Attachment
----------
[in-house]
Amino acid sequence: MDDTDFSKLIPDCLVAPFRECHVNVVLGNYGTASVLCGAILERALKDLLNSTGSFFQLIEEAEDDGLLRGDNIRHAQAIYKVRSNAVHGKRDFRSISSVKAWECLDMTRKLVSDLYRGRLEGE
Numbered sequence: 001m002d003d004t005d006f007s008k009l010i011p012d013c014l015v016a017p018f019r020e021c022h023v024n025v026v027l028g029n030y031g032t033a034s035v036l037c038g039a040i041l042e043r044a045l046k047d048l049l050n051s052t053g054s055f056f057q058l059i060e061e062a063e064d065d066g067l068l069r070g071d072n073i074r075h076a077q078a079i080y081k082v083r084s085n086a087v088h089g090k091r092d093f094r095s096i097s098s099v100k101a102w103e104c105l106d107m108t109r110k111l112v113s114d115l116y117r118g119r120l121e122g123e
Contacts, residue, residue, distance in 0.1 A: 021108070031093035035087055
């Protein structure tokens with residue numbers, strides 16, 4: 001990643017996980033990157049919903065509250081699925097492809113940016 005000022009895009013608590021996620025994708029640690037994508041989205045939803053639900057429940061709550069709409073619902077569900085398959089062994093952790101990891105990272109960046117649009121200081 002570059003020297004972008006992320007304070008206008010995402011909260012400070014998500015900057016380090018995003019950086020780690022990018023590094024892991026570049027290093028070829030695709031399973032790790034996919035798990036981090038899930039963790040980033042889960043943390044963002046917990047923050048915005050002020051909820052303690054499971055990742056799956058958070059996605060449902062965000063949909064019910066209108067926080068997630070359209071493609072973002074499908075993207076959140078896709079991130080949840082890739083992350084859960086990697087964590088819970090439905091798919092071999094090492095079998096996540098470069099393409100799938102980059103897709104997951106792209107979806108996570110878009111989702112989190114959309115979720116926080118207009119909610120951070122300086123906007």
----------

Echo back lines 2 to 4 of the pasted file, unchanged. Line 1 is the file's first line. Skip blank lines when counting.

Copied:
Amino acid sequence: MDDTDFSKLIPDCLVAPFRECHVNVVLGNYGTASVLCGAILERALKDLLNSTGSFFQLIEEAEDDGLLRGDNIRHAQAIYKVRSNAVHGKRDFRSISSVKAWECLDMTRKLVSDLYRGRLEGE
Numbered sequence: 001m002d003d004t005d006f007s008k009l010i011p012d013c014l015v016a017p018f019r020e021c022h023v024n025v026v027l028g029n030y031g032t033a034s035v036l037c038g039a040i041l042e043r044a045l046k047d048l049l050n051s052t053g054s055f056f057q058l059i060e061e062a063e064d065d066g067l068l069r070g071d072n073i074r075h076a077q078a079i080y081k082v083r084s085n086a087v088h089g090k091r092d093f094r095s096i097s098s099v100k101a102w103e104c105l106d107m108t109r110k111l112v113s114d115l116y117r118g119r120l121e122g123e
Contacts, residue, residue, distance in 0.1 A: 021108070031093035035087055